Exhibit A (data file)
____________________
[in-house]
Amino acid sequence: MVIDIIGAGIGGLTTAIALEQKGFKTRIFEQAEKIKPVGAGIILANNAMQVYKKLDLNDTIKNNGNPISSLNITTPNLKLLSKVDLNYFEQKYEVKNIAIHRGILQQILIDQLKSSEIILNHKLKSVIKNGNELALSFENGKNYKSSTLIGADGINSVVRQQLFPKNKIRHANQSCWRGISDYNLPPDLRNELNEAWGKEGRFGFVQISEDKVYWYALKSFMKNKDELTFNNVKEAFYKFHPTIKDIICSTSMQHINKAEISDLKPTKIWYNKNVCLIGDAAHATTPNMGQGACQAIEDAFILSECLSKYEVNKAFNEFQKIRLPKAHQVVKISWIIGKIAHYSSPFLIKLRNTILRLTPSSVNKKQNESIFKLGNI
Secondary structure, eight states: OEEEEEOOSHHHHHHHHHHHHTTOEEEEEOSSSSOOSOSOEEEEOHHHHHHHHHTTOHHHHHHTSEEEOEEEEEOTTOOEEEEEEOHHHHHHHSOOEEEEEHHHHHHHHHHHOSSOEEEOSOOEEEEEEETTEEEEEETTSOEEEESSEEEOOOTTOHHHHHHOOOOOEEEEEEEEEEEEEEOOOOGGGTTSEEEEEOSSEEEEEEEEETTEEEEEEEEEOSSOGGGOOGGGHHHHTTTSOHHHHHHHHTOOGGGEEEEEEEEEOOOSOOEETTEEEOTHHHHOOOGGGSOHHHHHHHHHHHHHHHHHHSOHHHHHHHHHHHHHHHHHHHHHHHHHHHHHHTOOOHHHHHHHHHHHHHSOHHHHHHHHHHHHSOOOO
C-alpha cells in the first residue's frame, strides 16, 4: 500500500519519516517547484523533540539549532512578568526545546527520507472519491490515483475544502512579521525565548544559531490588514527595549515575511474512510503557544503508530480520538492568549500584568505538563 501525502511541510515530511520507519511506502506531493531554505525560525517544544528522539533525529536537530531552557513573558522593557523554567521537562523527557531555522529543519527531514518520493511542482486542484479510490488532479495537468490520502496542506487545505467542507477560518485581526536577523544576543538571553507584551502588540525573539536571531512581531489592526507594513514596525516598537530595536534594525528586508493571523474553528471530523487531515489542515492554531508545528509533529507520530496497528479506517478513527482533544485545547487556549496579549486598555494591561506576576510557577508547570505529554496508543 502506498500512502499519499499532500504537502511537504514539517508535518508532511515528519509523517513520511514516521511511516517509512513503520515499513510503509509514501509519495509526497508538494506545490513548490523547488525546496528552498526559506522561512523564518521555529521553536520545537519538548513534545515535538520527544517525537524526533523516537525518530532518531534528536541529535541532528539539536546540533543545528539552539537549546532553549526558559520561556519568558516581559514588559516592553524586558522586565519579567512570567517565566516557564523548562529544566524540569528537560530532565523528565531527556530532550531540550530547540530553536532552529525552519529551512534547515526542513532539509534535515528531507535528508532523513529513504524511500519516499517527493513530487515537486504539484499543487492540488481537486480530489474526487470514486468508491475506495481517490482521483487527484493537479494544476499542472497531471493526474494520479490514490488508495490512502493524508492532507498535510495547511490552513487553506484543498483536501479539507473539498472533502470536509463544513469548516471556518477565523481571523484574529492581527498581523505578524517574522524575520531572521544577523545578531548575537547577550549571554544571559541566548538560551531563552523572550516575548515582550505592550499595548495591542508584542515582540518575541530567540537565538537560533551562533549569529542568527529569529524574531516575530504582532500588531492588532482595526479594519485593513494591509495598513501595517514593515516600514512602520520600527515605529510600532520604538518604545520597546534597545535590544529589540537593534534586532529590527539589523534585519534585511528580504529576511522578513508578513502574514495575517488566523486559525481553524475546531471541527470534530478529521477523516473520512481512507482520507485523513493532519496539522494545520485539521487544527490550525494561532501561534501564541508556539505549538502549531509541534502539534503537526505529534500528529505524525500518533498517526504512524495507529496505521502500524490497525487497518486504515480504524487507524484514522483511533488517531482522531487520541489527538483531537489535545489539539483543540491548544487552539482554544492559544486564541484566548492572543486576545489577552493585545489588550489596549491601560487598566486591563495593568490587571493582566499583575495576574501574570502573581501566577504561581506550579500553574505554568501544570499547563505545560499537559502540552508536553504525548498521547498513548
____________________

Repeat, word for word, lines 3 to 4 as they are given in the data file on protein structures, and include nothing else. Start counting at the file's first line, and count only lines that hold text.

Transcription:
Secondary structure, eight states: OEEEEEOOSHHHHHHHHHHHHTTOEEEEEOSSSSOOSOSOEEEEOHHHHHHHHHTTOHHHHHHTSEEEOEEEEEOTTOOEEEEEEOHHHHHHHSOOEEEEEHHHHHHHHHHHOSSOEEEOSOOEEEEEEETTEEEEEETTSOEEEESSEEEOOOTTOHHHHHHOOOOOEEEEEEEEEEEEEEOOOOGGGTTSEEEEEOSSEEEEEEEEETTEEEEEEEEEOSSOGGGOOGGGHHHHTTTSOHHHHHHHHTOOGGGEEEEEEEEEOOOSOOEETTEEEOTHHHHOOOGGGSOHHHHHHHHHHHHHHHHHHSOHHHHHHHHHHHHHHHHHHHHHHHHHHHHHHTOOOHHHHHHHHHHHHHSOHHHHHHHHHHHHSOOOO
C-alpha cells in the first residue's frame, strides 16, 4: 500500500519519516517547484523533540539549532512578568526545546527520507472519491490515483475544502512579521525565548544559531490588514527595549515575511474512510503557544503508530480520538492568549500584568505538563 501525502511541510515530511520507519511506502506531493531554505525560525517544544528522539533525529536537530531552557513573558522593557523554567521537562523527557531555522529543519527531514518520493511542482486542484479510490488532479495537468490520502496542506487545505467542507477560518485581526536577523544576543538571553507584551502588540525573539536571531512581531489592526507594513514596525516598537530595536534594525528586508493571523474553528471530523487531515489542515492554531508545528509533529507520530496497528479506517478513527482533544485545547487556549496579549486598555494591561506576576510557577508547570505529554496508543 502506498500512502499519499499532500504537502511537504514539517508535518508532511515528519509523517513520511514516521511511516517509512513503520515499513510503509509514501509519495509526497508538494506545490513548490523547488525546496528552498526559506522561512523564518521555529521553536520545537519538548513534545515535538520527544517525537524526533523516537525518530532518531534528536541529535541532528539539536546540533543545528539552539537549546532553549526558559520561556519568558516581559514588559516592553524586558522586565519579567512570567517565566516557564523548562529544566524540569528537560530532565523528565531527556530532550531540550530547540530553536532552529525552519529551512534547515526542513532539509534535515528531507535528508532523513529513504524511500519516499517527493513530487515537486504539484499543487492540488481537486480530489474526487470514486468508491475506495481517490482521483487527484493537479494544476499542472497531471493526474494520479490514490488508495490512502493524508492532507498535510495547511490552513487553506484543498483536501479539507473539498472533502470536509463544513469548516471556518477565523481571523484574529492581527498581523505578524517574522524575520531572521544577523545578531548575537547577550549571554544571559541566548538560551531563552523572550516575548515582550505592550499595548495591542508584542515582540518575541530567540537565538537560533551562533549569529542568527529569529524574531516575530504582532500588531492588532482595526479594519485593513494591509495598513501595517514593515516600514512602520520600527515605529510600532520604538518604545520597546534597545535590544529589540537593534534586532529590527539589523534585519534585511528580504529576511522578513508578513502574514495575517488566523486559525481553524475546531471541527470534530478529521477523516473520512481512507482520507485523513493532519496539522494545520485539521487544527490550525494561532501561534501564541508556539505549538502549531509541534502539534503537526505529534500528529505524525500518533498517526504512524495507529496505521502500524490497525487497518486504515480504524487507524484514522483511533488517531482522531487520541489527538483531537489535545489539539483543540491548544487552539482554544492559544486564541484566548492572543486576545489577552493585545489588550489596549491601560487598566486591563495593568490587571493582566499583575495576574501574570502573581501566577504561581506550579500553574505554568501544570499547563505545560499537559502540552508536553504525548498521547498513548